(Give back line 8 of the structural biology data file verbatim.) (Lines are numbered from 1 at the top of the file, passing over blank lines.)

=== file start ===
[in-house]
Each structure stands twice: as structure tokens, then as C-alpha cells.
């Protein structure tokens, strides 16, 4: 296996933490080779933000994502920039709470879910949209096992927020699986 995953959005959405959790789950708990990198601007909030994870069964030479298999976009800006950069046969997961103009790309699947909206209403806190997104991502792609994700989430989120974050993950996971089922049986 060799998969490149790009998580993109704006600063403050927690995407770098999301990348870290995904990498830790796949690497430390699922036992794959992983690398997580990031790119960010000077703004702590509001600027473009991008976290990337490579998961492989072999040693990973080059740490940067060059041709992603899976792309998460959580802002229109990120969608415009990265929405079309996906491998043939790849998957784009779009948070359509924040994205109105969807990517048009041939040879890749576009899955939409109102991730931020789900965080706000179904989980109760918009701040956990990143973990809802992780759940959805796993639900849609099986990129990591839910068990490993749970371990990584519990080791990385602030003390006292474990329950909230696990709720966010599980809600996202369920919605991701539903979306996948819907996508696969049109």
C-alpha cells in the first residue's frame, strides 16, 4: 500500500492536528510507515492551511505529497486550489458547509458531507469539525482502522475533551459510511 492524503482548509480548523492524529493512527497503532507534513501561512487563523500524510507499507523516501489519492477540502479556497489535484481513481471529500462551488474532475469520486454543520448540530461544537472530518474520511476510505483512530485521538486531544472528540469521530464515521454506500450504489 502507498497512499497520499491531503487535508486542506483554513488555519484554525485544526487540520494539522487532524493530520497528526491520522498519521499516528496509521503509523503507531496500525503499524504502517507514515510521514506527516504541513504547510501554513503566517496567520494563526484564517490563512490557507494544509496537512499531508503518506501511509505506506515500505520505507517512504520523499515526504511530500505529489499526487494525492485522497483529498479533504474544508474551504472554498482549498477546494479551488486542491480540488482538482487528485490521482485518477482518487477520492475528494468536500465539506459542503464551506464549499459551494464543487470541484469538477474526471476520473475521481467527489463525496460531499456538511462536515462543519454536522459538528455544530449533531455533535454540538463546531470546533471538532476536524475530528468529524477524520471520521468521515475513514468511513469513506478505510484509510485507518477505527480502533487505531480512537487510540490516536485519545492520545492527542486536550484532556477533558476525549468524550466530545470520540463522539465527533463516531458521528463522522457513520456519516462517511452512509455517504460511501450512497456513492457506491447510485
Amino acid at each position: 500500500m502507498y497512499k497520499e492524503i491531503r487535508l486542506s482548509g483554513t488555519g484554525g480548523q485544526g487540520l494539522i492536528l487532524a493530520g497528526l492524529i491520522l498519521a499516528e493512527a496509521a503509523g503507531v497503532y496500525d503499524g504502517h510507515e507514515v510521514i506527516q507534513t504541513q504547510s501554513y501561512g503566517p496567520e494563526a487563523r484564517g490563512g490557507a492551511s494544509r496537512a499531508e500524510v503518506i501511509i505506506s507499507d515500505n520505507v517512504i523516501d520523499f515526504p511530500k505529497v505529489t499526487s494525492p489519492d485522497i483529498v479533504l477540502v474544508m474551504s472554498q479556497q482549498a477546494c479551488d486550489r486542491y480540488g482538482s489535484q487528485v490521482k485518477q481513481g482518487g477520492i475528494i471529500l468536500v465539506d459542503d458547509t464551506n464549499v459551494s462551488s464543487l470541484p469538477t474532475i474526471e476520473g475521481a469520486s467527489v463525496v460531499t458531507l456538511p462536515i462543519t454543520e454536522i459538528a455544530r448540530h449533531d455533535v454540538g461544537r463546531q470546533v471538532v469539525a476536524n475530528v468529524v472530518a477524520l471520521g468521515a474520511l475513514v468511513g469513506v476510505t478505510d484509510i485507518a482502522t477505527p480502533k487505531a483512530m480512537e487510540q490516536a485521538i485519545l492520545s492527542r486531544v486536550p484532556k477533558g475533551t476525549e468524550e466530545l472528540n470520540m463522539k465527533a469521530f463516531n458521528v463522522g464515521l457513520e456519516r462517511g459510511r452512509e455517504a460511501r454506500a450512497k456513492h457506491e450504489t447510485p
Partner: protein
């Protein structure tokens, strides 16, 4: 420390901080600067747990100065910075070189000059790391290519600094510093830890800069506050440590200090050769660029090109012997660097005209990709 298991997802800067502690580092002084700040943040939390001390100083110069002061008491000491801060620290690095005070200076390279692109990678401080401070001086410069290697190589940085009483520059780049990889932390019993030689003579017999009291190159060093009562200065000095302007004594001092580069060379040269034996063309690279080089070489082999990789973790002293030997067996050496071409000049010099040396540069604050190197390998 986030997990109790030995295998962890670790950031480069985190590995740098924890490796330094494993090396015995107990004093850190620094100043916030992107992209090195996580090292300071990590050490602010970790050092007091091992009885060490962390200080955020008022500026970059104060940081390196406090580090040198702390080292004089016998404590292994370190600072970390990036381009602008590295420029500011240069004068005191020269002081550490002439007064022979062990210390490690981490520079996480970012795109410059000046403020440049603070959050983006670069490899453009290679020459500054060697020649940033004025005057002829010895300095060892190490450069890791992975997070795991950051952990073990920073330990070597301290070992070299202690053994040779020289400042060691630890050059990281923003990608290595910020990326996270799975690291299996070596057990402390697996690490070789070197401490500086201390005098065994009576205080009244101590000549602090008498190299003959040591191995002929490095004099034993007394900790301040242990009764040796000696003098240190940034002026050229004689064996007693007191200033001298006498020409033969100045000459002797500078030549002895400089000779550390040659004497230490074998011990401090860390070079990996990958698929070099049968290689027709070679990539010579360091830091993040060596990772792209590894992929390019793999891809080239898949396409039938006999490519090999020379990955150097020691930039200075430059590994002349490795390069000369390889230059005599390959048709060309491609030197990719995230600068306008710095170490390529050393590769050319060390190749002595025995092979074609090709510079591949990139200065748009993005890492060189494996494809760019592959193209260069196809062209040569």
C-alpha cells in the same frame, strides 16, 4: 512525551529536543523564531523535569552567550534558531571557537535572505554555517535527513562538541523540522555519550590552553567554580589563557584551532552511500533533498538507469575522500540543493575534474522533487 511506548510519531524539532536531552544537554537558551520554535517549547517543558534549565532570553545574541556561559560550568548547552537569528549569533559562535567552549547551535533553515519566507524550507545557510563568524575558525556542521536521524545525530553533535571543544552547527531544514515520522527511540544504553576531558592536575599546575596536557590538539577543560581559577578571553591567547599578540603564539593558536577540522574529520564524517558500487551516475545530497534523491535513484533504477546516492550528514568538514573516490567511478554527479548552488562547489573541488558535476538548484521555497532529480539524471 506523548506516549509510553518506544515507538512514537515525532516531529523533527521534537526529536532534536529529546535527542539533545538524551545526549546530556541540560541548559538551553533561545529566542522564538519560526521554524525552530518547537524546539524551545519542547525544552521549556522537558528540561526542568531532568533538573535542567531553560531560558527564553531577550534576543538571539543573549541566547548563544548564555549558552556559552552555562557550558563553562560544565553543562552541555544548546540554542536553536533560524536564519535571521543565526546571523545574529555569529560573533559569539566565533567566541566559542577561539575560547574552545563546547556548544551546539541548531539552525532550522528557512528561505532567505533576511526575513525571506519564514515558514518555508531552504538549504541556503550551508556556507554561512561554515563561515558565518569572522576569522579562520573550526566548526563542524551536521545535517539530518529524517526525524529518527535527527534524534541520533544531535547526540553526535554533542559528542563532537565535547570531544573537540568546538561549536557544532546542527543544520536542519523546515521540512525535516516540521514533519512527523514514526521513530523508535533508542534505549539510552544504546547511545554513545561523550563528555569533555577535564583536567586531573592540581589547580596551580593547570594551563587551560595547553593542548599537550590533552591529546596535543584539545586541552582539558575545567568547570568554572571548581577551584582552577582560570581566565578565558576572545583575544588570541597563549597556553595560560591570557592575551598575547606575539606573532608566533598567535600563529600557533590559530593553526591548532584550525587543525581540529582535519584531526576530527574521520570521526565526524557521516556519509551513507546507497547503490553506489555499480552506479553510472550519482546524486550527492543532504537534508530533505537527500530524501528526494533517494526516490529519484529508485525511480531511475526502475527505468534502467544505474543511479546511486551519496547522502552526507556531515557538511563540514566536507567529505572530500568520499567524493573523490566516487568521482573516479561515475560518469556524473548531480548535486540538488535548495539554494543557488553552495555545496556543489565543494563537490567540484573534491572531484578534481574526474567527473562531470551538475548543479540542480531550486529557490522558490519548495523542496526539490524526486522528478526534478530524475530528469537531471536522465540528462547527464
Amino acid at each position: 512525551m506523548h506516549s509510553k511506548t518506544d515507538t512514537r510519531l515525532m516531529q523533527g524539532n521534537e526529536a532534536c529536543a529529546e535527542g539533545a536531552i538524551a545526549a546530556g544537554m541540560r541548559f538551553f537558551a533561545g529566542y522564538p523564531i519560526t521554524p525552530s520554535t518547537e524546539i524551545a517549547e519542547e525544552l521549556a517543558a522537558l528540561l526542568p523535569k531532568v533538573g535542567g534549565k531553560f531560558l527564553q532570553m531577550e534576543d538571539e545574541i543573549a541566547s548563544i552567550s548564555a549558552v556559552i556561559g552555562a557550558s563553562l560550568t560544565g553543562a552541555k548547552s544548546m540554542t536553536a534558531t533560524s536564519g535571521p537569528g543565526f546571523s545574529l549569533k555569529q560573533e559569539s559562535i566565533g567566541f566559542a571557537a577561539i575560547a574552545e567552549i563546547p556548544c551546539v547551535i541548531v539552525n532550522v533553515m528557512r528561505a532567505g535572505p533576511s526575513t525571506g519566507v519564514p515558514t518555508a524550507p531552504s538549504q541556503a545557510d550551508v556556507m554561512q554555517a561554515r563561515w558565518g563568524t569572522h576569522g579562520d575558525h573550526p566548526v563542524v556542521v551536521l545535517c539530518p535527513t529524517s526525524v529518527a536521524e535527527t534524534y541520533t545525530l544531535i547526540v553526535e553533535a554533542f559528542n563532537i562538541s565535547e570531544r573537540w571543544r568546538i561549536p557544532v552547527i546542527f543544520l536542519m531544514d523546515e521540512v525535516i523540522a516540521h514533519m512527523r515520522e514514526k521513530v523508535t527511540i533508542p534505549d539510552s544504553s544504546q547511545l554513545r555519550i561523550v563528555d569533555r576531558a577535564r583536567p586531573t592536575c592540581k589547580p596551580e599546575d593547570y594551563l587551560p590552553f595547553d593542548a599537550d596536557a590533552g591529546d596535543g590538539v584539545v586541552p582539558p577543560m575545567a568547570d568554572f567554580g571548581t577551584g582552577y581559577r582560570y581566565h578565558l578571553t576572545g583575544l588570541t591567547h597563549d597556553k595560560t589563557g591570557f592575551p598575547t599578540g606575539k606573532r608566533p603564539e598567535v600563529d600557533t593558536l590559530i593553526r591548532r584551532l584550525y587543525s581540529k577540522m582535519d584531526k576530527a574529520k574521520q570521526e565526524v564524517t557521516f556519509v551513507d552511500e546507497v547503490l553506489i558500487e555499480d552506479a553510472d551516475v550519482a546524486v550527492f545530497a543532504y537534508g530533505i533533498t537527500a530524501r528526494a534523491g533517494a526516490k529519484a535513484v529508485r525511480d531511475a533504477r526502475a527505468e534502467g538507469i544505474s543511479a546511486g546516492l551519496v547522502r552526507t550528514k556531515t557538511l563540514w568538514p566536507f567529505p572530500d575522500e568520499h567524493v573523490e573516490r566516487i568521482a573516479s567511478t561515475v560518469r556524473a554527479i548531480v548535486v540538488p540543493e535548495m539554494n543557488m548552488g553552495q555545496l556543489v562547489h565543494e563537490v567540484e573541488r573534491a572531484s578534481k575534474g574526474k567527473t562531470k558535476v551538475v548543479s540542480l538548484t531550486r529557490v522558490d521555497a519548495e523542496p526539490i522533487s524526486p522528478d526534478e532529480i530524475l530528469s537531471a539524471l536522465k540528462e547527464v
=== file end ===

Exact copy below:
C-alpha cells in the same frame, strides 16, 4: 512525551529536543523564531523535569552567550534558531571557537535572505554555517535527513562538541523540522555519550590552553567554580589563557584551532552511500533533498538507469575522500540543493575534474522533487 511506548510519531524539532536531552544537554537558551520554535517549547517543558534549565532570553545574541556561559560550568548547552537569528549569533559562535567552549547551535533553515519566507524550507545557510563568524575558525556542521536521524545525530553533535571543544552547527531544514515520522527511540544504553576531558592536575599546575596536557590538539577543560581559577578571553591567547599578540603564539593558536577540522574529520564524517558500487551516475545530497534523491535513484533504477546516492550528514568538514573516490567511478554527479548552488562547489573541488558535476538548484521555497532529480539524471 506523548506516549509510553518506544515507538512514537515525532516531529523533527521534537526529536532534536529529546535527542539533545538524551545526549546530556541540560541548559538551553533561545529566542522564538519560526521554524525552530518547537524546539524551545519542547525544552521549556522537558528540561526542568531532568533538573535542567531553560531560558527564553531577550534576543538571539543573549541566547548563544548564555549558552556559552552555562557550558563553562560544565553543562552541555544548546540554542536553536533560524536564519535571521543565526546571523545574529555569529560573533559569539566565533567566541566559542577561539575560547574552545563546547556548544551546539541548531539552525532550522528557512528561505532567505533576511526575513525571506519564514515558514518555508531552504538549504541556503550551508556556507554561512561554515563561515558565518569572522576569522579562520573550526566548526563542524551536521545535517539530518529524517526525524529518527535527527534524534541520533544531535547526540553526535554533542559528542563532537565535547570531544573537540568546538561549536557544532546542527543544520536542519523546515521540512525535516516540521514533519512527523514514526521513530523508535533508542534505549539510552544504546547511545554513545561523550563528555569533555577535564583536567586531573592540581589547580596551580593547570594551563587551560595547553593542548599537550590533552591529546596535543584539545586541552582539558575545567568547570568554572571548581577551584582552577582560570581566565578565558576572545583575544588570541597563549597556553595560560591570557592575551598575547606575539606573532608566533598567535600563529600557533590559530593553526591548532584550525587543525581540529582535519584531526576530527574521520570521526565526524557521516556519509551513507546507497547503490553506489555499480552506479553510472550519482546524486550527492543532504537534508530533505537527500530524501528526494533517494526516490529519484529508485525511480531511475526502475527505468534502467544505474543511479546511486551519496547522502552526507556531515557538511563540514566536507567529505572530500568520499567524493573523490566516487568521482573516479561515475560518469556524473548531480548535486540538488535548495539554494543557488553552495555545496556543489565543494563537490567540484573534491572531484578534481574526474567527473562531470551538475548543479540542480531550486529557490522558490519548495523542496526539490524526486522528478526534478530524475530528469537531471536522465540528462547527464